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Teachers’ beliefs and pedagogy on economic justice education Open Access


Other title
Others-oriented approach
explanatory-convergent mixed methods research
economic justice education
face of Other
event of surge
Deleuzian ontology
ethics of pedagogy
social studies education
Subject-oriented approach
aleatory point
Type of item
Degree grantor
University of Alberta
Author or creator
Kim, Jaegeun
Supervisor and department
Richardson, George(Secondary Education)
Examining committee member and department
Watt, Bonnie(Secondary Education)
Wallin, Jason(Secondary Education)
Cho, Youngdal(Seoul National University)
Peck, Carla(Elementary Education)
Sears, Alan(University of New Brunswick)
Department of Secondary Education

Date accepted
Graduation date
2017-06:Spring 2017
Doctor of Philosophy
Degree level
This study examined the relationship between social studies teachers’ beliefs about economic justice education and their pedagogy on economic justice. Prior to the actual empirical research, I discussed what I have called the ‘mainstream Subject-oriented approach’ to economic justice and the alternative ‘Others-oriented approach’ to construct a theoretical framework through which the study could explore teachers’ beliefs and pedagogy. In doing so, this study suggested an economic justice education to respond to the vocation of the Others, and citizenship education to attend to the alterity of the Others. To determine the relationship between teachers’ beliefs and pedagogy, an ‘explanatory-convergent’ design of mixed methods research was employed. The first stage of quantitative research identified six clusters based on cluster analysis, and the analysis of variance showed that social studies teachers’ beliefs on economic justice education differ according to the clusters. For the second stage of qualitative research, three particular clusters were selected: an Average-group, a Subject-oriented group, and an Others-oriented group. Three teachers (one from each cluster) were sampled from the three clusters to represent each, and a multiple case study was conducted with them. The qualitative examination of three teachers’ worlds revealed diverse but complicated relationships between beliefs and pedagogy. However, with all the quantitative and qualitative explorations and the detailed research findings, I could not convince myself that the findings fully explored the research question, and I had to return to square one to address the question of what the deeper relationship between teachers’ beliefs and pedagogy is. This question pushed me towards an ontological exploration. Deleuzian ontology was an essential lens to re-interpret the collected data. From the Deleuzian perspective, teaching is an event, an event of surge. Potential changes which have been unnoticed suddenly soar up into the classroom. This surge is the actualization of what was subsisting/insisting at the level of virtuality. As we understand the ontology of teaching as an aleatory point, empty place, singularity, and an event of surge, we can eventually reimagine the relationship between teachers’ beliefs and pedagogy as ‘event of surge.’ As teachings arise into the classroom, a teacher’s beliefs also surge into his/her teaching. In the springing up events of teachings, beliefs reveal and expose themselves tearing off the ontological rigidity. This ontological understanding of teachers’ beliefs and pedagogy presented the significance of teachers’ beliefs: they keep pedagogy active and alive. The moment teachers’ beliefs stop moving around and being alive, pedagogy remains virtual and fossilized. The importance of teachers’ beliefs in pedagogy and the significance of an ‘event of surge’ is that without it, pedagogy is no better than dead. But the empty place cannot remain ‘empty’ for long. As Levinas (1969) reminds us, the metaphysical desire for the Other awakened by the face of the other should be situated in the aleatory points and empty places that will move around the structure. The reconciliation of soaring up events of teachers’ beliefs and pedagogy with Others-oriented approach to economic justice education occurs here. The pedagogy to respond to the vocation of the others, and to attend to the alterity of the Others, can gain a life when the beings and beliefs of teachers soar up and permeate the classroom, and thereby affect students, and therefore hopefully, change the world.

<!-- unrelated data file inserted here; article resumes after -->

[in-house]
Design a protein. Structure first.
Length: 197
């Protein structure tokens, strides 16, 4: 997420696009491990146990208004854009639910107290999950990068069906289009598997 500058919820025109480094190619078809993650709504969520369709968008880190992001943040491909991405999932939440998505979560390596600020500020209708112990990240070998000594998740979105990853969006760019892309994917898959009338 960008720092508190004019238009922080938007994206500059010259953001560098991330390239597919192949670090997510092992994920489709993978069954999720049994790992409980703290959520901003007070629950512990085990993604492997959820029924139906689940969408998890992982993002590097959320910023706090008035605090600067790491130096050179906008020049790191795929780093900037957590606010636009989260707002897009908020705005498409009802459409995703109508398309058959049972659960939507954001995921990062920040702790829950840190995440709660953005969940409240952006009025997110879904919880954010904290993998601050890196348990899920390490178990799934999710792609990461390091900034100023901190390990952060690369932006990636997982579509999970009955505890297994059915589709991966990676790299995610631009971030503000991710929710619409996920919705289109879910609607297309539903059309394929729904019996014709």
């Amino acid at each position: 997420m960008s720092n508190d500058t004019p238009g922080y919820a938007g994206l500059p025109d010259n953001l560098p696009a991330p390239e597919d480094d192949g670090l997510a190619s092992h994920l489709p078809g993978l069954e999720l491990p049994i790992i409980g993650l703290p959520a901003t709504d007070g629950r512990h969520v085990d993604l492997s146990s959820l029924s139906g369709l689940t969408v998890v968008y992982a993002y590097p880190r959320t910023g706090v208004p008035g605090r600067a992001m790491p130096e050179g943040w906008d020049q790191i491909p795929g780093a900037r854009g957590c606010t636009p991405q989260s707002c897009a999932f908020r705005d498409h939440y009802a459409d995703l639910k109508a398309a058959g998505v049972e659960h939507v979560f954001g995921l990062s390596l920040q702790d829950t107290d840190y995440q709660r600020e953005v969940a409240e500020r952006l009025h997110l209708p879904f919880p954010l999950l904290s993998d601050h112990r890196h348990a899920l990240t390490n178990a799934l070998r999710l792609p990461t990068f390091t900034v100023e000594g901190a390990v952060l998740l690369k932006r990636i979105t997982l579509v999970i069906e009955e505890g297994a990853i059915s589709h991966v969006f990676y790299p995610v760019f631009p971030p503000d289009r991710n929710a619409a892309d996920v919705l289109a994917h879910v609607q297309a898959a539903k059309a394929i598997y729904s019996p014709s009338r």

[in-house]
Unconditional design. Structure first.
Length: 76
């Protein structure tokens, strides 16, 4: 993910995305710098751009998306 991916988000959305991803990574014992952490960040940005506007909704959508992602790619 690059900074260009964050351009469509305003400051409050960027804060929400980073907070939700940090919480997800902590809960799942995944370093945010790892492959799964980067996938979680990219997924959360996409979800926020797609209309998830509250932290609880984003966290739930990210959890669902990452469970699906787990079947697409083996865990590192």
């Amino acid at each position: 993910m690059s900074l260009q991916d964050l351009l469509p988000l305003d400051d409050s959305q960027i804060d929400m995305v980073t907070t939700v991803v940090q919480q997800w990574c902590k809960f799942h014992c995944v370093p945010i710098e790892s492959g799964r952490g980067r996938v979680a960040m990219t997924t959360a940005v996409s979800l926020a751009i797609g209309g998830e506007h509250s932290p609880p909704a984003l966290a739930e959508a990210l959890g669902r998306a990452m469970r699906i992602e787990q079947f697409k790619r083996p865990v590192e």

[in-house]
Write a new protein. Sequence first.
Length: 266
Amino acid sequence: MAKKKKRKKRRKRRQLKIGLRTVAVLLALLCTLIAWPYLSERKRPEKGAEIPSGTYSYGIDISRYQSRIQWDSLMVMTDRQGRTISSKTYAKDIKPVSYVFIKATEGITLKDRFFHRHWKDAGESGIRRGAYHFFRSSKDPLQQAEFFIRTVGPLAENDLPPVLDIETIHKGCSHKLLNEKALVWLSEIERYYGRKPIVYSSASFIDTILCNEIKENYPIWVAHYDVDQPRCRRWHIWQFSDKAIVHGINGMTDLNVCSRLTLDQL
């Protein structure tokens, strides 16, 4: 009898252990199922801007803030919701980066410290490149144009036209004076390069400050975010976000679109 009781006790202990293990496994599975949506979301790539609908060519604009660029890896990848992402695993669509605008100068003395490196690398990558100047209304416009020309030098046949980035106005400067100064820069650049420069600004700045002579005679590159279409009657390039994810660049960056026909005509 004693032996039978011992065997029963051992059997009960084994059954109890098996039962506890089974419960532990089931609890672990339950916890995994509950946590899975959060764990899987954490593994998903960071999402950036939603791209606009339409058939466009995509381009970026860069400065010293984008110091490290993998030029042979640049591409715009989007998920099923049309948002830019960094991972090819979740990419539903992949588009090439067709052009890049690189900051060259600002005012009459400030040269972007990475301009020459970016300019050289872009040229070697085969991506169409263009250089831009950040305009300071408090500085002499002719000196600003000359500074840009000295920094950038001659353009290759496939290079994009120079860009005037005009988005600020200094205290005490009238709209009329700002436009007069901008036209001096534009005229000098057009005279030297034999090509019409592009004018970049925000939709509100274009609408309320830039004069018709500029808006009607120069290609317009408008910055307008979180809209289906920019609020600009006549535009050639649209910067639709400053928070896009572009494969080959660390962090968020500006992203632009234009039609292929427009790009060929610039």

This thesis is made available by the University of Alberta Libraries with permission of the copyright owner solely for the purpose of private, scholarly or scientific research. This thesis, or any portion thereof, may not otherwise be copied or reproduced without the written consent of the copyright owner, except to the extent permitted by Canadian copyright law.
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